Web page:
It appears that Madagascar has been peopled by different races obtained. Robert Drury was the son of the landlord of the at different periods. We perceive from Marco Polo that the King's Head in the Old Jewry, London; and having, at the age island was frequented by Arabians, and some of the tribes on the of 14, a passionate wish to go to sea, was sent out in a vessel to eastern coast are of Arabian descent. A great immigration has the East Indies, his careful mother providing him with all com- also evidently taken place from the African continent, a large forts, in the hope that a single voyage would cure him of his proportion of the natives being black, with “woolly” hair. sea-faring inclination. On the homeward voyage the vessel was But there is also an olive-coloured race, which has exercised wrecked on the coast of Madagascar in 1702. A large number of nearly as much influence on the civilisation of Madagascar as the the people on board got safe to land, where they were, on the Normans did on that of England. Whence they came, and when, whole, kindly treated by a native chief; but becoming furious are matters for speculation ; they are not aborigines ; they now at their detention, violent counsels were adopted, the chief was occupy chiefly the central portion of Madagascar, which is an seized as a prisoner, and the whole party undertook a perilous elevated and hilly country, not so fertile, but far more salubrious march, or rather flight, pursued and harassed by the natives. than the coast. The tradition is, that they came from the southDrury details the subsequent proceedings with some minuteness ; east, and dispossessed or conquered the aborigines, who are tradi. the natives repeatedly overtook the flying party; the chief was tionally known as the Vazimba, and whose graves are objects of restored to his people on a promise of no further molestation idolatrous veneration to their conquerors, as the barrows of the being given, but still the pursuit was continued ; the fatigued ancient Britons are objects of curiosity to ourselves. The name and the stragglers were cut off; and at last, the more hardy and of this olive-coloured race is the Hovahs; the central province resolute having got greatly a-head of the pursuers, those who which they inhabit is called Ankova, the “ country of the Hovahs," remained behind were assaulted and slain, Drury being preserved, the h being changed into k; and this province contains Tananahis youth having saved him.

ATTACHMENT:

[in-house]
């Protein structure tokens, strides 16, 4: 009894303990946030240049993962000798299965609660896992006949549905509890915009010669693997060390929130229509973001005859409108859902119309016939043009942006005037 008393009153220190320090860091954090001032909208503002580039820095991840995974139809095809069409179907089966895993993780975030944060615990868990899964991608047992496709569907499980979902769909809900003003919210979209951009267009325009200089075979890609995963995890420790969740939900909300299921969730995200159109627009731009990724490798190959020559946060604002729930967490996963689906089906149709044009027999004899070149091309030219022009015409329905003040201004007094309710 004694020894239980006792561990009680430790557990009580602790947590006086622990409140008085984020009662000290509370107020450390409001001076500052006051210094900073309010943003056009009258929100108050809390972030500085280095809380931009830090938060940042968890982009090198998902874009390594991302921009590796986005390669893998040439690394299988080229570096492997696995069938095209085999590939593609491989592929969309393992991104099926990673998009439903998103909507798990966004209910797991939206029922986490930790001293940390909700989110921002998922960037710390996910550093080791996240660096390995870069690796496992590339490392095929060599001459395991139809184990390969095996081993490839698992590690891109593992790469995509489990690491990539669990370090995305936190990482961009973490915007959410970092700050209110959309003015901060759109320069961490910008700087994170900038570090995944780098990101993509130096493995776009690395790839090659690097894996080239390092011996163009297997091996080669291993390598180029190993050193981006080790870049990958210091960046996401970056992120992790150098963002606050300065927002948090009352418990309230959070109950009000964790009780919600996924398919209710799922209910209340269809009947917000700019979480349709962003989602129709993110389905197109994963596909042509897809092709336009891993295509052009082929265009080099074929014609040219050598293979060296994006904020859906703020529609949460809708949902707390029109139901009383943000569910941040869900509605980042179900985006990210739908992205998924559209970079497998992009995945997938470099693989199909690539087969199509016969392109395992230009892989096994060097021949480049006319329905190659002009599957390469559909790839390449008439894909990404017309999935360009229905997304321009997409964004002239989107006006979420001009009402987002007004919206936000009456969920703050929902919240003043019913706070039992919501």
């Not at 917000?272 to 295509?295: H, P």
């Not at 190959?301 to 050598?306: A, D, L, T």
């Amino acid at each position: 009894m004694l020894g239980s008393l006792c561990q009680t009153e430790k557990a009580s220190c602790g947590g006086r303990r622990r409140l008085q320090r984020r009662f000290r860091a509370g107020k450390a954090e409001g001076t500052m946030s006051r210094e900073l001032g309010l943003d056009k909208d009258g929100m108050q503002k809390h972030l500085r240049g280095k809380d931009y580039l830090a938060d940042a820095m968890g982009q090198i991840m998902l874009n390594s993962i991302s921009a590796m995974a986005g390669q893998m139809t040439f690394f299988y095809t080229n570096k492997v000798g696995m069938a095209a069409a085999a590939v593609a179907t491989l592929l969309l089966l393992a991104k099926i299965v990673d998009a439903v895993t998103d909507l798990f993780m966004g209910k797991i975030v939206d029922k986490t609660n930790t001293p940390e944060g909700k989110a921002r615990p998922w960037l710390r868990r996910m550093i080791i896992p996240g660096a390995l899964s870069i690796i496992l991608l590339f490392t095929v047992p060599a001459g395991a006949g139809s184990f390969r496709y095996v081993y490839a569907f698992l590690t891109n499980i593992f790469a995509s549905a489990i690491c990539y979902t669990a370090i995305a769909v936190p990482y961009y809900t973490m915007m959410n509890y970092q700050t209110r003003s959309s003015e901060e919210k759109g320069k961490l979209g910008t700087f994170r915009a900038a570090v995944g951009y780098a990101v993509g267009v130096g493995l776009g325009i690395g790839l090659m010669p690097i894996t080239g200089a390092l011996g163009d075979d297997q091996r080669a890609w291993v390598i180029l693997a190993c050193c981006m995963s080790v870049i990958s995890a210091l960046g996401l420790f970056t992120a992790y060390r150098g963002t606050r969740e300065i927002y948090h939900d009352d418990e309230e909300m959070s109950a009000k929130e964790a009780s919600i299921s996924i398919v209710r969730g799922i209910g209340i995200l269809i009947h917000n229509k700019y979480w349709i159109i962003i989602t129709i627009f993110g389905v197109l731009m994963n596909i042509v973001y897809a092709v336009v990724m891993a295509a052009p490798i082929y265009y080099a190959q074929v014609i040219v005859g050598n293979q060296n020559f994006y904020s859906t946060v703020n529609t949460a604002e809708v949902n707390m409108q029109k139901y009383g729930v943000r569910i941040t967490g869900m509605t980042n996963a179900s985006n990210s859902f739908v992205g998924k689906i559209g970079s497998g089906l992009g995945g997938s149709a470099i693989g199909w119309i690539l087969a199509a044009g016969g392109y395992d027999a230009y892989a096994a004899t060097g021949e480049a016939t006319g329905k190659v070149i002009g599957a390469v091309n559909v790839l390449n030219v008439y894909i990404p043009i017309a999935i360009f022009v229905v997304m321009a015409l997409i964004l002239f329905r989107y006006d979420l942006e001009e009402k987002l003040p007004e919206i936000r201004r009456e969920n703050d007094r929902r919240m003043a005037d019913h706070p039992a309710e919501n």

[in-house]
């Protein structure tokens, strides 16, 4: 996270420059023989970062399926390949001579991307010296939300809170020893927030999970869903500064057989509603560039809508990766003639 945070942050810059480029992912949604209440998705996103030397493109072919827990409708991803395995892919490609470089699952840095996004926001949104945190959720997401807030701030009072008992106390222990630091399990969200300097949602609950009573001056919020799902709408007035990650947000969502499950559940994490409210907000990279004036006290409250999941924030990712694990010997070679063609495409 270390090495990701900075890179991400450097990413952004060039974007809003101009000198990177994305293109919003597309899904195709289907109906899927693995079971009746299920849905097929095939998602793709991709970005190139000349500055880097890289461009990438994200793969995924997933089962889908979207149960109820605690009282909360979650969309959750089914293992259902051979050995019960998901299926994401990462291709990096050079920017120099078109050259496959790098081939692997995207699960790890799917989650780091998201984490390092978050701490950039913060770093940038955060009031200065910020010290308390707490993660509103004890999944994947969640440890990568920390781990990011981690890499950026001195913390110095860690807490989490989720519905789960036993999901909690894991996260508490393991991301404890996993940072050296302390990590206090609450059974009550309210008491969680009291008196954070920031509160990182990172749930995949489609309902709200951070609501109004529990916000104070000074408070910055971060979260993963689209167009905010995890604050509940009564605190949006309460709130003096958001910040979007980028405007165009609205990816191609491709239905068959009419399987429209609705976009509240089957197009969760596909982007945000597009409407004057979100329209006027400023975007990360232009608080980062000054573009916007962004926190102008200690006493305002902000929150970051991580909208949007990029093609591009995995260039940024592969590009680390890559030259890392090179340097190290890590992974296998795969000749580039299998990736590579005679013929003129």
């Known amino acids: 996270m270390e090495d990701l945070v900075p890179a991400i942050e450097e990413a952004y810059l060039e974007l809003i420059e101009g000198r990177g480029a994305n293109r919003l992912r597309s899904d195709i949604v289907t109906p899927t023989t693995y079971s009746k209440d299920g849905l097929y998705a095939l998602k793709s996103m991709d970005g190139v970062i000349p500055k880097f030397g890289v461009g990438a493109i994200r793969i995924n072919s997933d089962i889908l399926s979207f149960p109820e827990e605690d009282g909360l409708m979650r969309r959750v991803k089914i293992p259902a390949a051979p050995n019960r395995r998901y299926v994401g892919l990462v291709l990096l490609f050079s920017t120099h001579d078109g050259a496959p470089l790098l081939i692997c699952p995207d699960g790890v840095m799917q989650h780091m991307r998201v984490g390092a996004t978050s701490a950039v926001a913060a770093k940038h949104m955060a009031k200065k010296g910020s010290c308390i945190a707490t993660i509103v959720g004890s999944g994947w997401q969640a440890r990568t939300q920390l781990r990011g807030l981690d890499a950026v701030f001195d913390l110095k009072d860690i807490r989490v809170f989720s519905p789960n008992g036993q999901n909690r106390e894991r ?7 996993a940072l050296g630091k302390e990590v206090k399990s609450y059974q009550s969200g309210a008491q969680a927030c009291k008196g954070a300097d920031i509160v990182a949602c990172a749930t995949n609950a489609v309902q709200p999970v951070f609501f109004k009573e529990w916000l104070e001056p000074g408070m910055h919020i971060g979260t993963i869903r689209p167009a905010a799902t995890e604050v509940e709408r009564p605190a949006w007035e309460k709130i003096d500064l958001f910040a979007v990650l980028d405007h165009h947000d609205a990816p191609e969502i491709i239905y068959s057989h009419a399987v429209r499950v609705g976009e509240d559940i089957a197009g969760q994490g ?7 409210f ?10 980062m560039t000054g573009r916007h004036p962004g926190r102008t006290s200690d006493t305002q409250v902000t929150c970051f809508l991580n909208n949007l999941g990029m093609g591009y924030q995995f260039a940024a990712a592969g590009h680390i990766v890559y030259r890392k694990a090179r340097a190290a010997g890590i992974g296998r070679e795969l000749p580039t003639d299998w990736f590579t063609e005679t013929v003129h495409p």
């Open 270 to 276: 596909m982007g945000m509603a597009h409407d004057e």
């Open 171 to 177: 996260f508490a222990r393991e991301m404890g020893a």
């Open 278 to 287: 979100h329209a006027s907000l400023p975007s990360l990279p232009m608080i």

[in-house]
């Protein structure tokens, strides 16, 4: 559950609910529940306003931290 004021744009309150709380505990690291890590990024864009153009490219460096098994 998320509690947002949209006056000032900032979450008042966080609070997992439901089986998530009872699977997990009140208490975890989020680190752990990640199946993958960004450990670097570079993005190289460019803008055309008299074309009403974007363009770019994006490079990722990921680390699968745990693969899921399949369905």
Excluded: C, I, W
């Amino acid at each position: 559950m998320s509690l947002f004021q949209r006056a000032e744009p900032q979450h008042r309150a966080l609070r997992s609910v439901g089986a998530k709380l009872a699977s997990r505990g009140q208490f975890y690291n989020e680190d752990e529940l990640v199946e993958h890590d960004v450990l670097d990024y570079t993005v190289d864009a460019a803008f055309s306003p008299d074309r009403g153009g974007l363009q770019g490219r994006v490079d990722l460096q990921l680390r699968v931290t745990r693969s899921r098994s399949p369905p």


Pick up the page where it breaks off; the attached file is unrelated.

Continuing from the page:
rivo, which, within the last half century, has become the capital Drury spent fifteen years in Madagascar, “ suffering almost of Madagascar. every kind of privation and distress, became a domestic slave, “ In the early part of the reign of the father of the late Radama, a and as such passed from the hands of one proprietor to another, period not more than seventy years ago, the Malagasy were divided sometimes experiencing kindness, but more frequently being into not fewer than fifty distinct tribes, governed by their respective treated in a manner, which, though not regarded as cruel by his chieftains, and independent of each other; the chief of each tribe exer. masters, must often have embittered the regrets with which he cising absolute power over the lives, property, and services of his subremembered the reckless desertion of his own pleasant home." jects. Since that period the processes of amalgamation have been He at one time made his escape, for the purpose of reaching rapid and effectual, and the principal divisions now recognised are those St. Augustine's Bay, in the hope of meeting with some of his already named. All the rest are either subdivisions of these, or people countrymen ; and his description of his lonely wanderings in the belonging to one or the other intermixed. That they are all nearly country can only be compared to the narrative of Ross Cox, when, the same, is manifest from their general colour, language, customs, without arms or food, he lost the party with which he was tra- and the names of towns, rivers, bills, and productious." velling across the American continent, from the Colombia River The father of Radama, mentioned in the preceding extract, to Canada. Ross Cox tells us that at one time a wolf faced him, from Mr. Ellis's recently published “History of Madagascar," was and he had no other resource but to boldly face it too, while he a Hovah chieftain, who began that acquisition and centralization shouted out all the names of all the acquaintances he could recol- of power which was still farther carried out by Radama himself, lect, to make the animal believe he had friends at hand. At another and will probably result in making the people of Madagascar time he went to sleep in the hollow trunk of a tree, which proved united, national, and subject to one government. Radama's to be a bear's rest, and was awakened by Bruin returning home. father is “ universally represented as having been a man of great Confounding his visitor by a sudden blow with a stick, he got energy of character, bold, brave, and adventurous, yet possessing time to ascend a tree : but the bear watched him with persevering an eminent share of prudence, sagacity, and shrewdness.” He attention, and it was only when it went off to get a meal, that died in 1808. Of Radama, who was a second son, (his elder Ross Cox had an opportunity of escaping from the unpleasant brother having been put to death for a conspiracy against his neighbourhood. Robert Drury was not troubled with bears or father,) the following characteristic anecdote is told :wolves ; but one night, as he lay asleep between the decaying “ When quite a child, having observed that his father and mother embers of two fires he had kindled, a fox began to pull away at had some dispute, and that the latter had been sent from home his heel; and when Drury started up and struck it with a brand, divorced, he contrived one day during his father's absence to get a the audacious creature few at his face, and was with difficulty chicken, which he tied to the leg of a chair in the house. His father beaten off. At another time, as he was trying to cross a river, on bis return inquired who had done this, and was told Radama. The he was chased by a crocodile. "As I was searching," he says, child was called, and asked why he had so treated the little animal. " for a proper place to wade through, or swim over, 1 spied a large He replied, it was a little chicken crying for its mother. Impoina crocodile; I still walked upon the banks, and in a short time saw took the hint, sent for his wife home, and the dispute which bad sepathree more. This was a mortifying stroke, and almost dispirited rated them terminated." me. I went on until I came to a shallower place, when I entered We now arrive at an important era in the history of the civilithe river about ten yards : but seeing a crocodile make towards